• To be truly wealthy, we should be disciplined enough to save and focus on small, incremental gains. The money you save and invest will “work for you”. This is a hundred times better in the long run in terms of growth potential versus trying to get rich by earning a salary alone.
  • The Core Four—Loss avoidance, asymmetrical risk/reward, tax smarts, and diversification should be everyone’s dogma when it comes to long-term investing.
  • Focusing on not losing money is better than striving to gain more. When it comes to investing in the market, emotions tends to get the better of us. Greed clouds our judgment. Instead of aiming to win more, focus on not losing money (whether by avoiding picks with high fees, charges, penalty taxes, etc.,) not only because it’s easier, but also because it’s a lot less risky. 
  • We should focus on small, incremental gains instead of swinging for home runs. The best way to  win in market investing is through sustainable long-term results.


 

My Favorite Quotes from Unshakeable


First, you’ve got to save and invest - become an owner, not just a consumer. Pay yourself first by taking a percentage of your income and having it deducted automatically from your paycheck or bank account. This will build your Freedom Fund: the source of lifetime income that will allow you to never have to work again.


Corrections are just a routine part of the game. Instead of living in fear of them, you and I have to accept them as regular occurrences - like spring, summer, fall, and winter.


The most successful investors take advantage of all that fear and doom, using these tumultuous periods to invest more money at bargain prices.


The pretax figure is phony, whereas the net number doesn’t life. Your goal, and mine, is always to maximize the net.


If you live in fear, you’ve lost the game before it even begins. How can you achieve anything if you’re too scared to take a risk?


The first question that every great investor asks constantly is this:How can I avoid losing money?”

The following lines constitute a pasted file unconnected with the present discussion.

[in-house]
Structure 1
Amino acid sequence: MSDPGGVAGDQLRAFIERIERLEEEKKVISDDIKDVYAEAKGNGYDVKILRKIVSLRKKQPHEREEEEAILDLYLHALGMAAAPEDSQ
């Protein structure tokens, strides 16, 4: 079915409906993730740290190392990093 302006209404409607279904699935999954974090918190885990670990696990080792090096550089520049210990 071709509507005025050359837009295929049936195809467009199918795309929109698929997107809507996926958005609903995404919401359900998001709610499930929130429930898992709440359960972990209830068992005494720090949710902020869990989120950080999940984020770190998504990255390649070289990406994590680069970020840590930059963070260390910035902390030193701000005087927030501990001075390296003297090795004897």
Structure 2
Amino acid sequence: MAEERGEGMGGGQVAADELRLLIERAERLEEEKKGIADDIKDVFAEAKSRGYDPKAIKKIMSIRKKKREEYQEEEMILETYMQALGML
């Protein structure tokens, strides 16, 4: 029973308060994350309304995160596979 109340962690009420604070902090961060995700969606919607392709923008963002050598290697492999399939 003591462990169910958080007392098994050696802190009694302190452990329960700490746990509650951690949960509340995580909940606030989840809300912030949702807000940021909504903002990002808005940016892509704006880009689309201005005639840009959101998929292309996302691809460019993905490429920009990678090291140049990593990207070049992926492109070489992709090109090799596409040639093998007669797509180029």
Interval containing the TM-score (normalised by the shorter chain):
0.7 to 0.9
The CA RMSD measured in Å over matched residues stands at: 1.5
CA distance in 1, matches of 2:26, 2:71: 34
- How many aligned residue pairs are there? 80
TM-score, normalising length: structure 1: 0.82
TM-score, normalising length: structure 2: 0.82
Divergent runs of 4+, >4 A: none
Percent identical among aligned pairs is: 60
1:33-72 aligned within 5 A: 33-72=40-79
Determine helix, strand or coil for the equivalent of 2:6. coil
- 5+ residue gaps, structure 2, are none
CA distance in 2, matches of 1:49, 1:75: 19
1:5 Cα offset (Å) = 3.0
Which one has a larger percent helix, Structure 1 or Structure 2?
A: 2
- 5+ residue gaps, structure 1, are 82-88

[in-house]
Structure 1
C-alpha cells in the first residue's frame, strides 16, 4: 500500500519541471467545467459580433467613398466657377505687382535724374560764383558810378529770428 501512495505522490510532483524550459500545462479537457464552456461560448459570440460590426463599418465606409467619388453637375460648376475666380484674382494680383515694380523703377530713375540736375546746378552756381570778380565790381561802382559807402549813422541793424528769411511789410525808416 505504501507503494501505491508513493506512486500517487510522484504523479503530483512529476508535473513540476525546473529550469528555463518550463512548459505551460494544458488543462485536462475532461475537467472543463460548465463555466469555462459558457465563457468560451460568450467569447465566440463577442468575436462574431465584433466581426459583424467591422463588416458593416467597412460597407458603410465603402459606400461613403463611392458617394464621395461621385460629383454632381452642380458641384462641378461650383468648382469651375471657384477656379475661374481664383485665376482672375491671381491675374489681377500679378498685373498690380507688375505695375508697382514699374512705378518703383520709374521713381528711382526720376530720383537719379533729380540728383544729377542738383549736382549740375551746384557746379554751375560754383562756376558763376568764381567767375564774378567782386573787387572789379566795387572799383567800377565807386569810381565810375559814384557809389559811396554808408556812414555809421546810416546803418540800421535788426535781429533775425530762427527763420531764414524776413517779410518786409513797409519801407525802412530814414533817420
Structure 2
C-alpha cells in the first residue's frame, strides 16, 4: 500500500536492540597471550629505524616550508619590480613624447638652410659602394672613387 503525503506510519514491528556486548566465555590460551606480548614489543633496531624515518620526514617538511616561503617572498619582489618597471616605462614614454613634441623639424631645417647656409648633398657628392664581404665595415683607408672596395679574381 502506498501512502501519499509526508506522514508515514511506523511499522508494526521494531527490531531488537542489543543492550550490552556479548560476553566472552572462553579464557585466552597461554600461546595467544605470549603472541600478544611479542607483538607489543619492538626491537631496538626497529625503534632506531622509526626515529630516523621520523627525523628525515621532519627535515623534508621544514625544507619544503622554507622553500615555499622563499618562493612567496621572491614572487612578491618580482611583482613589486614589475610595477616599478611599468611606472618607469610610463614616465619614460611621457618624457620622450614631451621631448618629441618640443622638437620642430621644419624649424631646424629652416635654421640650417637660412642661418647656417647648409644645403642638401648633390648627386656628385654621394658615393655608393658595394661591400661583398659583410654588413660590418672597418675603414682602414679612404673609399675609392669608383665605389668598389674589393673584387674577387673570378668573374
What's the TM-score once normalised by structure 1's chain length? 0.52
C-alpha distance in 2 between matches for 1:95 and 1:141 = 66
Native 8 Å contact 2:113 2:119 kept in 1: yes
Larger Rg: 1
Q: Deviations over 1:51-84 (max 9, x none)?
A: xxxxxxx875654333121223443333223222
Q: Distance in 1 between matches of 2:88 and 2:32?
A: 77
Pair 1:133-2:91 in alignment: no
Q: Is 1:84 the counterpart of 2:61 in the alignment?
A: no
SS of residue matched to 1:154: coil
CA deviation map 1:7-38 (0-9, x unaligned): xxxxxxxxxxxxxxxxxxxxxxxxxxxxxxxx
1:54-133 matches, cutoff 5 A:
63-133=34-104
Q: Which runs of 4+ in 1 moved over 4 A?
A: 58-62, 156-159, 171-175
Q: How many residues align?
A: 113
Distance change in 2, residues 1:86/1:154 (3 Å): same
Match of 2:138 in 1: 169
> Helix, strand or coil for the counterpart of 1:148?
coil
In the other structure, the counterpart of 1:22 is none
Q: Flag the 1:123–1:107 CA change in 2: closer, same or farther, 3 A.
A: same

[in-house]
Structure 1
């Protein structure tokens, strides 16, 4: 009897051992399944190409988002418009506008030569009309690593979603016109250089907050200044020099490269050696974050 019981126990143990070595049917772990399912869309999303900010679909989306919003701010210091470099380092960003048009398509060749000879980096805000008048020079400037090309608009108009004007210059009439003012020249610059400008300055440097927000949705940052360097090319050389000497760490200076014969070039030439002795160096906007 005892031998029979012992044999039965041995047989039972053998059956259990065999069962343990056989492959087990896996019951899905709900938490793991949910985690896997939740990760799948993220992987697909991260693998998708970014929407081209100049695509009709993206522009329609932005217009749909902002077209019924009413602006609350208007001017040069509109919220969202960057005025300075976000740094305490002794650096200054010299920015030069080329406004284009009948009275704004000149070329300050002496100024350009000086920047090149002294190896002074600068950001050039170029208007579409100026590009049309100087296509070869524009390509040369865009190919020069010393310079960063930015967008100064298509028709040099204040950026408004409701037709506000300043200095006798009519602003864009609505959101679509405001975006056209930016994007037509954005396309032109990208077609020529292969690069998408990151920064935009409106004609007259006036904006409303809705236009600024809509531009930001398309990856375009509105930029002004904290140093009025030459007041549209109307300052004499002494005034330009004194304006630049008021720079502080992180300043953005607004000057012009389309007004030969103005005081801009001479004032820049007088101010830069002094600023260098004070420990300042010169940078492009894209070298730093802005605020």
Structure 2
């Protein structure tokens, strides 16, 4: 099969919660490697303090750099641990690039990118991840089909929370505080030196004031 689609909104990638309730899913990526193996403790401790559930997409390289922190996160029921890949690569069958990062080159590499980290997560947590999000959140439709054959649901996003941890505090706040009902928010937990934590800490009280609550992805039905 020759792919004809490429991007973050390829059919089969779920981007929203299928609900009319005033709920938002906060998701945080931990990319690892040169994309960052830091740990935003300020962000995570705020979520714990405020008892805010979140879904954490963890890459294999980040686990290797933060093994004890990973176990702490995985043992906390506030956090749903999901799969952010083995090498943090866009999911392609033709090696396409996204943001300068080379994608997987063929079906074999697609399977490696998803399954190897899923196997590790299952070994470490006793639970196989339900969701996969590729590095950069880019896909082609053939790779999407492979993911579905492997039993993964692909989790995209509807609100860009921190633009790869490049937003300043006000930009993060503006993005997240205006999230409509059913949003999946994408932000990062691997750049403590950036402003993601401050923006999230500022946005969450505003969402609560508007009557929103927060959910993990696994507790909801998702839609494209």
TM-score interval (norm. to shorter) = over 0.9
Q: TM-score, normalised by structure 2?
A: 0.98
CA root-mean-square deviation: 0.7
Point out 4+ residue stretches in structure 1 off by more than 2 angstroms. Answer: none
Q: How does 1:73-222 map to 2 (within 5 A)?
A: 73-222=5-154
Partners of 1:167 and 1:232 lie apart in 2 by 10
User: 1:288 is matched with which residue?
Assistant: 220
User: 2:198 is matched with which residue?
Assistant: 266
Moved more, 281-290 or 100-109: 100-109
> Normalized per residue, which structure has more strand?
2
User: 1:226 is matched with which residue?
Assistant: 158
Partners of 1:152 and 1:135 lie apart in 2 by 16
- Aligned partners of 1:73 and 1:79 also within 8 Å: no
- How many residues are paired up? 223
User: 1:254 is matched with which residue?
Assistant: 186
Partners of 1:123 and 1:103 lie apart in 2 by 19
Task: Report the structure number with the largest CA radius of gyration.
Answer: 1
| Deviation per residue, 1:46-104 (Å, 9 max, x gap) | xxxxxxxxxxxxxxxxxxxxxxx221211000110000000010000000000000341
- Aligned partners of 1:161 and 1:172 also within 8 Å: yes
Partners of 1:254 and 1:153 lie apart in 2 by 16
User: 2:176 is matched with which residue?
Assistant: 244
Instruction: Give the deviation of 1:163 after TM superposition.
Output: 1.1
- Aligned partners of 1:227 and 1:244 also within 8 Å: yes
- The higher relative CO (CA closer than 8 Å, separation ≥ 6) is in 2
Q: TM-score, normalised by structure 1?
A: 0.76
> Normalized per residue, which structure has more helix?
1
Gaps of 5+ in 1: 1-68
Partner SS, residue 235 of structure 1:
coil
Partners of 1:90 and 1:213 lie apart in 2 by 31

Deciding on the right balance of stocks, bonds, and alternatives is the most important investment decision you’ll ever make.


Many stocks also pay dividends, which are quarterly distributions of profits back to the shareholders. By investing in a stock, you’re making the shift from being a consumer to being an owner.


Rebalance. I’m a big believer in “rebalancing,” which entails bringing your portfolio back to your original asset allocation on a regular basis - say, once a year.


Greed and impatience are dangerous traits when it comes to investing. We all have a tendency to want the biggest and best results as fast as possible,  rather than focusing on small, incremental changes that compound over time. 


The best way to win the game of investing is to achieve sustainable long-term returns. But it’s enormously tempting to swing for home runs, especially when you think other people are getting rich faster than you!

For investors, confirmation bias is a dangerous predisposition. Your brain is wired to seek out and believe information that validates you owning it. After all, our minds love proof - especially proof of how smart and right we’ve been!


When people dream of becoming rich, they’re not fantasizing about owning millions of pieces of paper with pictures of dead people on them! What we really want are the emotions we associate with money: for example, the sense of freedom, security, or comfort we believe money will give us, or the joy that comes from sharing our wealth. In other words, it’s the feelings we’re after, not the money itself.


The first tool is what I call “the 90-second rule.” Whenever I start to suffer, I give myself 90 seconds to stop it so that I can return to living in a beautiful state. When you’re in a beautiful state, you can give so much more to everyone you love.


As soon as I feel the tension rising in my body, I catch myself. And the way that I catch myself is really simple: I gently breathe and slow things down. I step out of the situation and start to distance myself from all those stressful thoughts that my brain is generating.


About the Author Tony Robbins

Tony Robbins is a life coach, philanthropist, and life coach. Prior to Unshakeable, he wrote bestsellers Unlimited Power and Awaken the Giant Within.

Books similar with Unshakeable

  • Money Master the Game
  • Rich Dad, Poor Dad
  • The Millionaire Next Door
  • The Richest Man in Babylon

2 thoughts on “Unshakeable: Your Financial Freedom Playbook Summary”